How I got involved with organs
by Norman Woodford
Instead of the usual 'How I Got Started' I thought that recounting the persons that have helped me over the many years would be of interest.

So first on the list are the Pettigrove brothers. They used to bring their gallopers to our village and we lads got the job of fetch and carry, for this we got the last ride free. This was my first encounter with the fair organ. Little did I realise what would follow.

My mother, a strong-willed Yorkshire-lass played the piano for her own amusement and so I was introduced to the pianoforte early on. My mother therefore was next on the list. After a while it became evident that due to a muscle problem my hands were not up to the job of playing.

We must skip a few years in which I indulged in various hobbies and visits to the medical chaps.  Even in those days there were waiting lists!

In the early sixties, the late Tom Barrie and I were driving around the Woburn Park area and saw a sign which proclaimed 'Traction Engine Rally -  Engines and Organs.  Sat/Sun'

Tom couldn't go but I did. This was something I could get into, or so I thought, until I found out the cost of even a 46 key organ outside my means and so just visiting was all I managed!

I went to a rally at Great Wymondley in Herts. where there were two organs playing; a Gavioli and a Gaudin, both first time out in preservation.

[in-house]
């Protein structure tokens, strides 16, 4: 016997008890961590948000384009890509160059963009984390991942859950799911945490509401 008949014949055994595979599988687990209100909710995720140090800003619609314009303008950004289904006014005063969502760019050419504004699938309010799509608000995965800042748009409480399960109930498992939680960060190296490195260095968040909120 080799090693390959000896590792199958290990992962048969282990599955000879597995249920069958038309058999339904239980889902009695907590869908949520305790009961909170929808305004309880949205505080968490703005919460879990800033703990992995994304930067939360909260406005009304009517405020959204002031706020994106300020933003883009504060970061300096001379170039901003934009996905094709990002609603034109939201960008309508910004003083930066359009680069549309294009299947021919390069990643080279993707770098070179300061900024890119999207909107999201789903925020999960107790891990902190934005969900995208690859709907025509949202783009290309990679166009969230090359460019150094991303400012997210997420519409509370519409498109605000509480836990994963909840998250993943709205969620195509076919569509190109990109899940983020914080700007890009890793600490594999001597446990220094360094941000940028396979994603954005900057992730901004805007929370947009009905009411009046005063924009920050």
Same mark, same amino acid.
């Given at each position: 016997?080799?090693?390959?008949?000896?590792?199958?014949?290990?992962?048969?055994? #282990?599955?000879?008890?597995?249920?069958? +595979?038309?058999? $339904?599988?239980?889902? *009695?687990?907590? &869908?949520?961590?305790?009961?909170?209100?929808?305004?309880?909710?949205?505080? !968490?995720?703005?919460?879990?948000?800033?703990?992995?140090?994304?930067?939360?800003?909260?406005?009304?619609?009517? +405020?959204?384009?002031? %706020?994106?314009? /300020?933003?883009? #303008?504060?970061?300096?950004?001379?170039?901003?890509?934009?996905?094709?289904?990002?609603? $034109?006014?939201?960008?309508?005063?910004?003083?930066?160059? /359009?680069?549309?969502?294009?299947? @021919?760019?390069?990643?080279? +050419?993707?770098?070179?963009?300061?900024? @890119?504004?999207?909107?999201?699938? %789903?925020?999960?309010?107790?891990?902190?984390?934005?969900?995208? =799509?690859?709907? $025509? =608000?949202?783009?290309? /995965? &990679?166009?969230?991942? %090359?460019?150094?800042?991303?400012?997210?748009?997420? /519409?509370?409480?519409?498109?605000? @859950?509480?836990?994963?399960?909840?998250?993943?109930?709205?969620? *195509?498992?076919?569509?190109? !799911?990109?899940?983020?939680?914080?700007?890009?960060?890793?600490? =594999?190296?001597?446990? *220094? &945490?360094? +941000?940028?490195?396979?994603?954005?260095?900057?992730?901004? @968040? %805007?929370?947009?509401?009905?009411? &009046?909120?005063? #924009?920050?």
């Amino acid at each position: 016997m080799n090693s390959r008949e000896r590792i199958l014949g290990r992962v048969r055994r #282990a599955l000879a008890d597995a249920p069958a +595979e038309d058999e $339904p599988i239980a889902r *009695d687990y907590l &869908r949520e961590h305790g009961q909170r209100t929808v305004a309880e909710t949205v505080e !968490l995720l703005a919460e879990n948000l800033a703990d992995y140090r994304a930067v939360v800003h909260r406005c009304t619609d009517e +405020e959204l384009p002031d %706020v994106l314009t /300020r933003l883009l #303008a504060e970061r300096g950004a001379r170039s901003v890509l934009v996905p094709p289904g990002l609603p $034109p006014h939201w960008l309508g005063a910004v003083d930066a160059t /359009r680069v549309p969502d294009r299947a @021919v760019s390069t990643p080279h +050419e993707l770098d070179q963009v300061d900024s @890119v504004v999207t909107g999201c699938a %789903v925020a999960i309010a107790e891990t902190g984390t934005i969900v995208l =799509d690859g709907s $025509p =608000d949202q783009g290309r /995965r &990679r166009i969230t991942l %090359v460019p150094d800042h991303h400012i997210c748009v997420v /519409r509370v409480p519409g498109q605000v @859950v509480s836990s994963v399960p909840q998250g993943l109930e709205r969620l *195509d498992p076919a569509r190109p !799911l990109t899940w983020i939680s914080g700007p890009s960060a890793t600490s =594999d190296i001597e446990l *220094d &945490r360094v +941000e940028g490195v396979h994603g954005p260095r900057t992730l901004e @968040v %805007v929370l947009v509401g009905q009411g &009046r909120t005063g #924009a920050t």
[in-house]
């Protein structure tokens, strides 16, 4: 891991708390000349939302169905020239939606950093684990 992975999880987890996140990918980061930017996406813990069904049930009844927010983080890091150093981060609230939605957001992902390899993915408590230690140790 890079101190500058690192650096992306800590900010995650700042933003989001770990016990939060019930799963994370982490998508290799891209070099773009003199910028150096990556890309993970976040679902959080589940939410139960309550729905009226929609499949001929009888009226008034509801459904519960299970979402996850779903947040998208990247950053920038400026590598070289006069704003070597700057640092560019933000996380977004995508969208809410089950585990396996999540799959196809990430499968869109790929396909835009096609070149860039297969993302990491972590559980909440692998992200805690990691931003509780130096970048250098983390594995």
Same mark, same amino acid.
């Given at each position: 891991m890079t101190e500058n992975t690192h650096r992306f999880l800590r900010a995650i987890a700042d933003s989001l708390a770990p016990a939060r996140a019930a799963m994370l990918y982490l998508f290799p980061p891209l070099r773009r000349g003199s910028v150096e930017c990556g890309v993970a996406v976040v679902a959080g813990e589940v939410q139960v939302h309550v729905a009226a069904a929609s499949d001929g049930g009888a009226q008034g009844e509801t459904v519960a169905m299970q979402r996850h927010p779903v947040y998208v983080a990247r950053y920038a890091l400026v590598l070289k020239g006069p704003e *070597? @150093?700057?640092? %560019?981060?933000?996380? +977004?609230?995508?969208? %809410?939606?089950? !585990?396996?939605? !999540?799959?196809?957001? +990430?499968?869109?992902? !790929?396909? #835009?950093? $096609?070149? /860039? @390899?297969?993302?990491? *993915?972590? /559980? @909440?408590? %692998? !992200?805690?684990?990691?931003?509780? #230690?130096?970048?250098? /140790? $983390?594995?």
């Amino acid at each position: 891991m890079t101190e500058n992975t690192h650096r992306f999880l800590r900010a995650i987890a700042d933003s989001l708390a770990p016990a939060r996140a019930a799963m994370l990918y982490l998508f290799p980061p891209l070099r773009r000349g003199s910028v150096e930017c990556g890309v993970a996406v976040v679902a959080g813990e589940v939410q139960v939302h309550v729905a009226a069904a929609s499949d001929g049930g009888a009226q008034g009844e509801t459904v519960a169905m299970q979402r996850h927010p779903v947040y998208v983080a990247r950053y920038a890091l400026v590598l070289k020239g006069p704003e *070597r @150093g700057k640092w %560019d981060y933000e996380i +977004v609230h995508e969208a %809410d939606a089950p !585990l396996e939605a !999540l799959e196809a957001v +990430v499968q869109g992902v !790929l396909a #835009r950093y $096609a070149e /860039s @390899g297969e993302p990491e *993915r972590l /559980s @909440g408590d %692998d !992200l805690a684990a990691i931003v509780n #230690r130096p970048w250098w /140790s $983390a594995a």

Then at the Bovington Rally sometime later these two organs again were present. I was watching the music going through the Gaudin when it fell on the floor, so I got up on the truck and collected the book up.  The owner came to see what had happened and I told him. He then asked if I would look after the organ for while he looked round the rally and as a result of this meeting I looked after this organ for several years until it was sold to Chris Edmonds.

The third person therefore was Charles Dudman.  He was one of the first people in the preservation movement and through him I found out the workings of the organ and how the music scale was set out and marked.

At this time rallies were few and far between and so most Sundays I spent at Charles Hart's museum in St Albans. Sometimes I put a few books through an organ and once I was allowed to play the 121 key Decap, an honour!

About this time there was talk of someone in the Luton area with a fair organ in his front room but nothing came of it so we all thought it was just a rumour (more later!)

When you are working an organ people come up for a chat and over the years you get to know them quite well. One such person Stood out in particular; carrying a Ferrograph recorder with a huge battery and converter, plus daughter who doubled up as pack carrier!  And so I met my fourth personality who would play a large part in my life - his name - Bob Minney!

The Gaudin was sold and it was time to move on. It was now 1969 and Bob had acquired a Bruder barrel organ and so I found myself turning a wheel which was much harder on the arms. Ever since then Bob and l have been good mates.